Sylvia Albert, director of voting and elections with Common Cause, told WhoWhatWhy that several “striking” cases in Pennsylvania, Wisconsin, and Michigan focus on changes to the deadlines for absentee ballots to be accepted and counted. Albert and her organization are keeping a close eye on the issue because it could have a significant effect on the election.
“What’s happening right now are lawsuits about the process,” Albert said. “What is going to happen is that there’s going to be lawsuits about implementation.”
In Madison, WI, poll workers set up an early absentee ballot drop-off site that they called “Democracy in the Park,” and allowed voters to return their ballots in-person. Poll workers inspected ballots for the signatures, acted as witnesses if a voter did not have one, and ensured that the ballot envelopes were sealed before delivering them to the elections office. The event was largely successful, and officials said that more than 17,000 ballots were submitted.
Albert says that Republicans immediately objected for no reason, whatsoever, except for the fact that they don’t like more people voting, “Republicans in Wisconsin have said this is ballot stuffing,” Albert said. “This is an election worker accepting a ballot from a voter, but I expect them to file something to try to pull those ballots out.”
Indeed, Republican State Senate Majority Leader Scott Fitzgerald and Assembly Speaker Robin Vos said they intend to sue to invalidate those votes.
Trey Grayson, a former Kentucky secretary of state, lamented the increasing frequency of lawsuits because it hinders the ability of election officials to do their job and to provide accurate information to voters.
“We can’t do that if we’re dealing with lawsuits,” Grayson said.
In addition to the legal battles over absentee voting, several concerns have also arisen regarding in-person voting and vulnerable election equipment. Albert is worried about states that rely on voting machines that have already proven to be vulnerable to cybersecurity flaws and employ poll workers who have little experience operating the equipment.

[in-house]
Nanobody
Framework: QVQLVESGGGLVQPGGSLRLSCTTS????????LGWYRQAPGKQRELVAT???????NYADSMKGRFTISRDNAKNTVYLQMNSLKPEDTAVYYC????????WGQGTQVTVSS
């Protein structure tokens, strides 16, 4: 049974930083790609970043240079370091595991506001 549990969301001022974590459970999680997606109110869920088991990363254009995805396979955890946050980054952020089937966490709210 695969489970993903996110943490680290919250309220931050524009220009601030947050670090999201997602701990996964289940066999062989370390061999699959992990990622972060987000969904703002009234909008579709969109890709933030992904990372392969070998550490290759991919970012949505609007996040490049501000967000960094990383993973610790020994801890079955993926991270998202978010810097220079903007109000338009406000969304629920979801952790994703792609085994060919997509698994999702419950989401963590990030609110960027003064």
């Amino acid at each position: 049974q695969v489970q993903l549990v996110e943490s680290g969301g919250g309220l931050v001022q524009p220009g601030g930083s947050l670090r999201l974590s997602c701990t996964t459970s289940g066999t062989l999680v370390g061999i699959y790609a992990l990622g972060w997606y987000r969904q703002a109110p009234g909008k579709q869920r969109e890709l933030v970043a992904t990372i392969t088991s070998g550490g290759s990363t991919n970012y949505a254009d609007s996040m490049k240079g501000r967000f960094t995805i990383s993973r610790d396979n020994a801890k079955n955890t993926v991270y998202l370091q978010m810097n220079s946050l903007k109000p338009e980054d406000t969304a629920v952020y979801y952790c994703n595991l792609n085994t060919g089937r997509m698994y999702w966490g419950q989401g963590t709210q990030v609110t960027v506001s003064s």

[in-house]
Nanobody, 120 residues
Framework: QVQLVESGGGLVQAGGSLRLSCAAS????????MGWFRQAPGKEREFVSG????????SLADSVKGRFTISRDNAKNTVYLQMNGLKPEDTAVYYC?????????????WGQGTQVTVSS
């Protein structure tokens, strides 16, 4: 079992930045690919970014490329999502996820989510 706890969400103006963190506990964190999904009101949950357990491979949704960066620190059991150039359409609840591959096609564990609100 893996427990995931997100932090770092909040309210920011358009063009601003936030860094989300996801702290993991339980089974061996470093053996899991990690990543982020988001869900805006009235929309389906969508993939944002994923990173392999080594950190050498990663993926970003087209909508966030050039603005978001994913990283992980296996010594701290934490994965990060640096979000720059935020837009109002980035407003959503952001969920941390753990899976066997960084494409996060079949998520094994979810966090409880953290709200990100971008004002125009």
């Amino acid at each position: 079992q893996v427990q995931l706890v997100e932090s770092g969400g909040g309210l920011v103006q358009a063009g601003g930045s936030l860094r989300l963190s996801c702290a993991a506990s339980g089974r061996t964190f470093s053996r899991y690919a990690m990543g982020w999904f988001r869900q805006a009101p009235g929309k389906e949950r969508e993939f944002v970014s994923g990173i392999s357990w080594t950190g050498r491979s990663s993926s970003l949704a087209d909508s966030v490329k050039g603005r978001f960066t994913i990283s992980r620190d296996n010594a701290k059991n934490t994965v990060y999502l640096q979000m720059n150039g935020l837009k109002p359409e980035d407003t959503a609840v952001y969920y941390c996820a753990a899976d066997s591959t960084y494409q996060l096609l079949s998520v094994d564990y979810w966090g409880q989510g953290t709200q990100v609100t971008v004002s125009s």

“Georgia, for example, has had a number of problems with the machines that they launched this year,” she says, “and with the [electronic poll books], as well. That’s definitely concerning.”
The Coalition for Good Governance, a Georgia-based election integrity group, has been fighting state officials over a newly purchased electronic voting system that previously experienced serious cybersecurity flaws and programming issues. However, a federal judge subsequently denied a preliminary injunction request that would have replaced the system with hand-marked paper ballots. The decision was based on the principle, which the Supreme Court has repeatedly emphasized, that courts should refrain from ruling on major changes to election procedures.
Watching the influence of politics on the next three weeks is important, Steele said. What is even more important, he added, is how the legal and political aspects try to coexist and not get in the way of each other.
“My recommendation to the public has been … on election night, get yourself a nice bottle of your favorite adult beverage, sit back, and relax,” Steele said. Talented and capable people are managing the process and counting every vote, he added, and it remains unclear how the Trump or Biden campaigns will react if the margins are close.
Related front page panorama photo credit: Adapted by WhoWhatWhy from G Witteveen / Flickr (CC BY 2.0).